Rob Tice | Lead Technical Account Manager | AdaCore
Rob Tice: The core technology “driving” the autonomous vehicle industry is based on heuristics and therefore, it is difficult to guarantee that a system will take decisions based on a specified design or behavior. Technologists and modern philosophers have posed scenarios where a car has to make a decision where all of the potential outcomes are bad, and car manufacturers have, for better or for worse, taken stances on what their systems would or wouldn’t do.
Unfortunately, these types of deterministic behaviors are difficult to guarantee when the system making decisions is a machine learning system with a non-infinite set of training data. This is a totally foreign challenge for other safety critical industries like aerospace and railway where software implementations are rigorously tested against strict behavior specifications. Now that the automotive industry is delving into the realm of safety critical software development, it will be a challenge to understand how to use heuristic based decision making while still guaranteeing the safety of passengers and by-standers.
Rb Tice: In most safety critical software development lifecycles, there is a testing and validation phase, which guarantees the correctness of the software implementation. Today this is done through rigorous testing, static analysis, and even formal methods analysis. For systems using machine learning, these types of traditional testing techniques become difficult or don’t apply because of the non-deterministic nature of the processing. However, these types of validation of safety are necessary for the public to trust and adopt the technology.
Rob Tice: Level 5 autonomous vehicles will allow to us to improve the ecological footprint of driving vehicles, optimizing speed and trajectories and reducing the need for individual cars. This will also allow regulators to impose much more precise driving regulations which will ultimately increase the safety of everyone on the road as well as pedestrians and bicyclists.
Rob Tice: It is very difficult to plan ahead, and this is going to be a very un-democratic deployment. The most probable scenario is that autonomous vehicles will start developing in metropolitan areas where people tend not to own personal vehicles, or even, may not have a driving license. This may start being significant within a 10 year timeframe.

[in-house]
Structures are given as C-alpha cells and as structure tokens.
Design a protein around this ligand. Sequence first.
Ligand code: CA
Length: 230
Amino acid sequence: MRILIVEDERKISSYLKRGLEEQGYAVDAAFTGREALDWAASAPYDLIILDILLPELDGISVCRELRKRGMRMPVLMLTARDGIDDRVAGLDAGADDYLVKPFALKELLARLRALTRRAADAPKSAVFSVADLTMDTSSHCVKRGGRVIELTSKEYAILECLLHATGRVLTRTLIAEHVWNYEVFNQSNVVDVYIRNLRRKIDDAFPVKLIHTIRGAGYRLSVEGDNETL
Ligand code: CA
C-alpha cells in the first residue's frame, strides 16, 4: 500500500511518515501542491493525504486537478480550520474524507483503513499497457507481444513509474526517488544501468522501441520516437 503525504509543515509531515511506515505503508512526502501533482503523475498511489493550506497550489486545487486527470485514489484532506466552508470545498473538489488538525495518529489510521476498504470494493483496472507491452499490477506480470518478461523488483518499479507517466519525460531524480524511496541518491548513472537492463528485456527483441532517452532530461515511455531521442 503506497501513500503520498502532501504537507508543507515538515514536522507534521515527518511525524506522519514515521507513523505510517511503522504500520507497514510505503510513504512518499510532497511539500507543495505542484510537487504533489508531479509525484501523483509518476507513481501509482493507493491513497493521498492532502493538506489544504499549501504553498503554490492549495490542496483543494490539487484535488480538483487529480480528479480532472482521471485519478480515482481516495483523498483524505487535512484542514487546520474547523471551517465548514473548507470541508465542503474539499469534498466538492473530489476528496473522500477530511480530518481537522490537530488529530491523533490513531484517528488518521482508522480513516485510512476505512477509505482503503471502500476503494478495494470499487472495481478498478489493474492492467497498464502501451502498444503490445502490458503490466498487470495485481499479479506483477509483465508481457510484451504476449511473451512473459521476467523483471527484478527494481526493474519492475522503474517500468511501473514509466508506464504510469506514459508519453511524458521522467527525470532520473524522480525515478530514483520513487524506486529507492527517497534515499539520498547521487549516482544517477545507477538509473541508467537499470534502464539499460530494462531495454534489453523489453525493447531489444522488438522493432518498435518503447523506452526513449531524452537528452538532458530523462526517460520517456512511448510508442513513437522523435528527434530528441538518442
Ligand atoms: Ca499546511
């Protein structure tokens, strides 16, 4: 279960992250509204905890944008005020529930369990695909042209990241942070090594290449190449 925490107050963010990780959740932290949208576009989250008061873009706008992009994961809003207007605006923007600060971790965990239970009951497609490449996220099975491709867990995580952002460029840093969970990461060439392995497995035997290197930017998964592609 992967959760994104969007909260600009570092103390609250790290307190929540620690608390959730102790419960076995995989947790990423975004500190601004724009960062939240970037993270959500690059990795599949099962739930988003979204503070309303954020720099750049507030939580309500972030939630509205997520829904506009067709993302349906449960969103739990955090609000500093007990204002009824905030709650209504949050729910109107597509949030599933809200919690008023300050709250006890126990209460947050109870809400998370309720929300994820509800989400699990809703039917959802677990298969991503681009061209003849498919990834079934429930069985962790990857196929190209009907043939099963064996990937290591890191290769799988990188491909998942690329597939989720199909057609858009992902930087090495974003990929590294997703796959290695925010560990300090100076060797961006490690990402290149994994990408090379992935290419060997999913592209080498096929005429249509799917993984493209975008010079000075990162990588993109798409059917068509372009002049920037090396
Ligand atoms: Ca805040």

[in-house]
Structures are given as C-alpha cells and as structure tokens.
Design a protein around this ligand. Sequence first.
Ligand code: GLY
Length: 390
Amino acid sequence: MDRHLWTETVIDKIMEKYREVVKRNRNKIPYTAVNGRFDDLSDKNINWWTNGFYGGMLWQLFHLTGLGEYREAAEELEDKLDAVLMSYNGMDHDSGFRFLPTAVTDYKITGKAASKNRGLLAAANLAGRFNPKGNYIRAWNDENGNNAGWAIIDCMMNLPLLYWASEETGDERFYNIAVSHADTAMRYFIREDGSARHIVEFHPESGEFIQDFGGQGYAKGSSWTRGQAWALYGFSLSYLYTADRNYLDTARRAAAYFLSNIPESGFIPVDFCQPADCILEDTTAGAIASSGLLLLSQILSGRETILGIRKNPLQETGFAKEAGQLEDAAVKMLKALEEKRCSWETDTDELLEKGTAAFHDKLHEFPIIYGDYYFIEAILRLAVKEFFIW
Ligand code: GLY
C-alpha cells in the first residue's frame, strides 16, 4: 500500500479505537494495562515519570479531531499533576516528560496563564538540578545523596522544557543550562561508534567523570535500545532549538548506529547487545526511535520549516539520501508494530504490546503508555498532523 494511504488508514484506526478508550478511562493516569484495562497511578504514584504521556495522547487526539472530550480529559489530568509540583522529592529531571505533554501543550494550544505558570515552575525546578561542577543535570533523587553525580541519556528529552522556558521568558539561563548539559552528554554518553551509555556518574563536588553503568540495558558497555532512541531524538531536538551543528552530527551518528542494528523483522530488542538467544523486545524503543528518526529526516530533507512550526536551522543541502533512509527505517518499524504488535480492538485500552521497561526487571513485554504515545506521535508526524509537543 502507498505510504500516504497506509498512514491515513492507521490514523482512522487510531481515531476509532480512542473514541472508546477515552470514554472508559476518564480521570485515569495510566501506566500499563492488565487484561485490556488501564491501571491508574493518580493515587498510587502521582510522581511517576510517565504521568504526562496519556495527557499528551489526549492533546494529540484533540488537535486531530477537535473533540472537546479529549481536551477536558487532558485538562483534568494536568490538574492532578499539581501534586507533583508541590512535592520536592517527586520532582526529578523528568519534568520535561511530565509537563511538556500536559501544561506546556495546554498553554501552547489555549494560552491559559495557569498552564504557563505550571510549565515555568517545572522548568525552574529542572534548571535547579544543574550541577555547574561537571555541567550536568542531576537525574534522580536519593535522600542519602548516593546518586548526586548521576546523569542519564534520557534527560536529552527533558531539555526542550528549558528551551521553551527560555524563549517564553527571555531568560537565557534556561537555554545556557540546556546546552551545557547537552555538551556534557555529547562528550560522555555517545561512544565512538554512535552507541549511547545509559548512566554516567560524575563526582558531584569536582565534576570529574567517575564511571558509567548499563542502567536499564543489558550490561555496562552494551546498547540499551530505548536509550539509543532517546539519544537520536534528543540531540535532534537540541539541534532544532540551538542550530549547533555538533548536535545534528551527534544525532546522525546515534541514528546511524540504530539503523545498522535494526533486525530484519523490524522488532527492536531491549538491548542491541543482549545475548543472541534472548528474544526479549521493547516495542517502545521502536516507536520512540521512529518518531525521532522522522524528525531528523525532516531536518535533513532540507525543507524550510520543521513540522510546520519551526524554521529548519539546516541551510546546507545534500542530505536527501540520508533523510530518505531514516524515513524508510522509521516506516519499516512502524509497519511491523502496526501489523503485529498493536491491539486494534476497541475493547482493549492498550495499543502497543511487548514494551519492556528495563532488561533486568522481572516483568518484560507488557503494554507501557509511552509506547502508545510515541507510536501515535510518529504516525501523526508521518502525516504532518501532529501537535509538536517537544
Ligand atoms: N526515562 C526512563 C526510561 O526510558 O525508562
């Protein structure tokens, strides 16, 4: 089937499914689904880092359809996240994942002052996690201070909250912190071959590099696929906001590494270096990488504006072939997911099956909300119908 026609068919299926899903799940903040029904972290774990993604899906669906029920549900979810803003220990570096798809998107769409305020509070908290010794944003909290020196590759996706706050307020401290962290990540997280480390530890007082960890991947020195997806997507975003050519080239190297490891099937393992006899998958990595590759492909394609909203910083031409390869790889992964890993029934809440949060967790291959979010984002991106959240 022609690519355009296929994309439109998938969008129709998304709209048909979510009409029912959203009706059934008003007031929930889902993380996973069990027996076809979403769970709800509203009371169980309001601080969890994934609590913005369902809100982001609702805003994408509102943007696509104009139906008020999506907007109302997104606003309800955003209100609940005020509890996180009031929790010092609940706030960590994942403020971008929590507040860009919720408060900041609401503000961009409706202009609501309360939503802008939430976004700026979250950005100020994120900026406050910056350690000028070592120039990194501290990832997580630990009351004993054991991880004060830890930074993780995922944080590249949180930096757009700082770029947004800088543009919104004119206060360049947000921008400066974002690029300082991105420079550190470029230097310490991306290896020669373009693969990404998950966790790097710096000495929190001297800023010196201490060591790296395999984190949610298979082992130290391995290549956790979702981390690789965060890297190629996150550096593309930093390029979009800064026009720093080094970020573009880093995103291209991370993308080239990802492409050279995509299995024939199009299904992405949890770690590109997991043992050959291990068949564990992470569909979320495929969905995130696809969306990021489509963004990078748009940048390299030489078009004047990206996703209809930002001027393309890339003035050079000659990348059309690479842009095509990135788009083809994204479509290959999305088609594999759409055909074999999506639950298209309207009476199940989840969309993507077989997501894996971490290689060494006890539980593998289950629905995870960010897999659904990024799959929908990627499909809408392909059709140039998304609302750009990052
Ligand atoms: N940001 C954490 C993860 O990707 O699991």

Rob Tice: Developing high integrity software at the highest level of safety (ASIL-4) requires the introduction of expensive specification and verification techniques. C and C++ as programming languages aren’t designed to accompany these processes and requires a lot of tooling and work to achieve the right level of confidence. This webinar session will develop an alternative approach based on the Ada programming language and the SPARK formal proof enforcement, showing how using coding techniques built for verification can reduce high-integrity software development and increase overall reliability and time-to-market.
Rob Tice: Cars of the future are going to change dramatically from what we now understand as “a car”. The look and feel of a modern automobile is designed primarily to house a combustion engine and protect the driver and passengers during a potential collision. As the industry moves towards alternative-energy vehicles without drivers, we will see the designs change to accommodate the different use case and safety cases of the car. Based on the news coming from many new aerospace/automotive hybrid startups, we might even get to see a flying vehicle reminiscent of the Jetsons in our lifetime.
Join Rob Tice’s webinar session at 2020 ScaleUp 360° Automotive AI:
Session title: Beyond the boundaries of C: writing ASIL-4 software with verification-centric language SPARK Ada and Formal Proof
Date: February 04, 2020, 02:15 PM (CET)
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Signing up automatically gives you access to all webinar sessions at ScaleUp 360° Automotive AI, February 04 - 05, 2020